As Memorial Day heralds the unofficial beginning of the summer travel season, ARPN has a suggestion to make to pass the time whether you’re gridlocked on the interstate or airport security: Check out a podcast called “Battery Metals – A Nickel for Your Thoughts.”
Too wonky? Who cares? That’s what earbuds are for – no one has to know that you’re not binging True Crime or learning a new language.
Better to bone up on a metal that’s emerging as a mainstay of the net zero transition.
As ARPN previously outlined, a “relatively benign supply profile” kept nickel off the U.S. Government’s first List of Critical Minerals in 2018. However, the metal’s increased usage in EV batteries, and the USGS’s expanded criticality criteria to include materials with only a single domestic producer along their raw materials supply chains – identified as having a single point of failure – led to nickel’s incorporation into the 2021 update to the U.S. Government Critical Minerals List.
As followers of ARPN may recall, Indonesia, the world’s biggest nickel producer, has hinted at the possibility of Jakarta pursuing the creation of an OPEC-like cartel for nickel (and other key battery minerals). Reportedly, the Indonesian government has reached out to the Biden Administration to explore a deal similar to those the U.S. has made with Japan and the European Union; however, Indonesia’s “lagging environmental and labor standards”, raise some hard questions on how broad the net of “friends and allies” can and should be cast.
In the case of nickel, once again ARPN’s touchstone is our all-of-the-above approach to mineral resource policy, rooted in the realization that as much as we want to rely on our friends and allies, to succeed and remain competitive in the 21st Century we will also have to harness our arguably vast domestic resource potential across the entire value chain, from mine to manufacturing. And domestic nickel production looks to be given a boost by projects currently underway in Minnesota (see our post here), as well as what appears to be vast untapped mineral potential in neighboring Michigan.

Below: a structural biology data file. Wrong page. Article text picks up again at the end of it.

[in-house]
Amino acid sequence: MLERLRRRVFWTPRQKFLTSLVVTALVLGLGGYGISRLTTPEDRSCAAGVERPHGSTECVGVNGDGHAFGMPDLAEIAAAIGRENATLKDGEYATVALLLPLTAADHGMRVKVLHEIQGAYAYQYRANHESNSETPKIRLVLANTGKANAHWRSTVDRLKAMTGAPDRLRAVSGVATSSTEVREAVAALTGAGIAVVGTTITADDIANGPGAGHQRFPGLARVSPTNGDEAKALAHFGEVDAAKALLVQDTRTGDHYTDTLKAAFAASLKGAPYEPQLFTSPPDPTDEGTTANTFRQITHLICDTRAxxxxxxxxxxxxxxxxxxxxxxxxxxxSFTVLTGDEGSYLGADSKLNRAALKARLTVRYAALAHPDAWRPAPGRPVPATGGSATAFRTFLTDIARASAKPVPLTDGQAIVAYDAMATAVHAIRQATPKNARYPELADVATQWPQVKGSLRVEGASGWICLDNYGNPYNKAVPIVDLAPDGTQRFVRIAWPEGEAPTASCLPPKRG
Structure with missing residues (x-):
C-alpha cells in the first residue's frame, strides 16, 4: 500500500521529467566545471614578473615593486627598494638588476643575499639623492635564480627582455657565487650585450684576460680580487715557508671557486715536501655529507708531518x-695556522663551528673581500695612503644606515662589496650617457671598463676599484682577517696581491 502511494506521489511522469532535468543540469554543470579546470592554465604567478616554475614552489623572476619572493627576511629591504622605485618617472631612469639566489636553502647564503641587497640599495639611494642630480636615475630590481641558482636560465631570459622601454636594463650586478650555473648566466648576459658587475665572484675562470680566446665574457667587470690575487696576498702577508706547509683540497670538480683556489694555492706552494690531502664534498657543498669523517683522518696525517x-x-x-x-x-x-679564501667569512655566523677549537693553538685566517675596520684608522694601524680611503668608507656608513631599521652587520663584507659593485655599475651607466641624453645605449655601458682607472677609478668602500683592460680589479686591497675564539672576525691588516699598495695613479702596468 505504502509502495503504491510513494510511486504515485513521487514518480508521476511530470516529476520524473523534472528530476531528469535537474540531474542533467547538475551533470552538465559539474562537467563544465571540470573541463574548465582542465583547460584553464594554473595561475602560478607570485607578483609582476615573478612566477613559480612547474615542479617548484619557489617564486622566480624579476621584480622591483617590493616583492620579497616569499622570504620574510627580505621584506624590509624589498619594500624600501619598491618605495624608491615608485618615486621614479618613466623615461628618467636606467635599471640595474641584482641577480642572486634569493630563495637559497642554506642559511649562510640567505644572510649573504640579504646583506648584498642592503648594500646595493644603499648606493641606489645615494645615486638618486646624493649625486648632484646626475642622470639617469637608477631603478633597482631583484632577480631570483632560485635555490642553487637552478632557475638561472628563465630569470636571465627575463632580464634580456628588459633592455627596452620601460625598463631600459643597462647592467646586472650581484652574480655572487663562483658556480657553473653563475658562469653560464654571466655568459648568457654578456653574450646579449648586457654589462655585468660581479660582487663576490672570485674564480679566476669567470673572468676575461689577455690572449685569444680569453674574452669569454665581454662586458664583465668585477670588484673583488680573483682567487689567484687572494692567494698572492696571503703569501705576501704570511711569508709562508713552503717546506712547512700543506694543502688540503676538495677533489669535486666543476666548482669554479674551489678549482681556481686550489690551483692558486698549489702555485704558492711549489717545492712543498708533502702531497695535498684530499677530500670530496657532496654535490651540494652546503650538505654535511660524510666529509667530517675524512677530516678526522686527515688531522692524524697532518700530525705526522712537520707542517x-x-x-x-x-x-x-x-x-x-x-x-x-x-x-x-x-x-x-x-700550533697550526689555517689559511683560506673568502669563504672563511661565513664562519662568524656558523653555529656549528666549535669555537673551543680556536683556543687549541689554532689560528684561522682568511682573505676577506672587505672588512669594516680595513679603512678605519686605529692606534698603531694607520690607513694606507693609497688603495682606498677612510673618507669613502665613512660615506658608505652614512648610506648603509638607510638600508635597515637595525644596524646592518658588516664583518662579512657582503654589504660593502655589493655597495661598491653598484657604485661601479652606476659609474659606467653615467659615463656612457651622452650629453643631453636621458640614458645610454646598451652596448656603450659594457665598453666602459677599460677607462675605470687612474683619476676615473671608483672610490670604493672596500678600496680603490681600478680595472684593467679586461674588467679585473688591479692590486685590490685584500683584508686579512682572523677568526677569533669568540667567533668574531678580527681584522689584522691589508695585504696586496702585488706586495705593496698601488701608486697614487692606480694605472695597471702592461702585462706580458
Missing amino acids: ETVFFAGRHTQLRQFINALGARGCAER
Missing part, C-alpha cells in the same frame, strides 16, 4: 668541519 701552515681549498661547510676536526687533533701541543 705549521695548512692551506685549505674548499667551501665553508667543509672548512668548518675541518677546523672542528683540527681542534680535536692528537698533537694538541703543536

Currently, Michigan is the home of the only U.S. primary nickel mine in operation, the Eagle Mine. Yet as the Detroit News reports this week, even with the Eagle nearing the end of its life cycle, according to the USGS, the Lake Superior region “could be home to as much nickel as Russia or Canada, some of the largest nickel producers in the world.”
The Detroit News points to Talon Metals Corp.’s plan to explore 400,000 acres of the Upper Peninsula and seek exclusive exploration rights to an additional 23,288 acres from the state, as well as the Michigan Geological Survey’s search of portions of the region in the context of the United States Geological Survey’s current nationwide mapping project.
John Yellich, director of the Michigan Geological Survey based at Western Michigan University, believes that the area’s potential may go beyond nickel, and that new technology will help scientists gather “as much scientifically accurate information as possible” in an area where the federal government hasn’t done significant mapping for 70 years.
If the estimates hold up, Michigan (along with Minnesota) could be an important piece of the all-of-the-above puzzle for nickel for which a current oversupply is expected to dissipate and tip into a deficit by 2026, with EV battery technology as a key driver.
However, as is the case with neighboring Minnesota, and as U.S. House Natural Resources Committee Chairman Pete Stauber (R-MN) recently outlined,
“[I]f we’re going to unlock the full potential of our resources and secure our domestic mineral supply chains, we need the political will to implement permitting reform.”
As Michigan and Minnesota make clear, the U.S. has vast resource potential for precisely the metals and minerals needed to power our 21st Century economy. What the U.S. needs now is policy reform that unlocks the investment and innovation to realize that potential.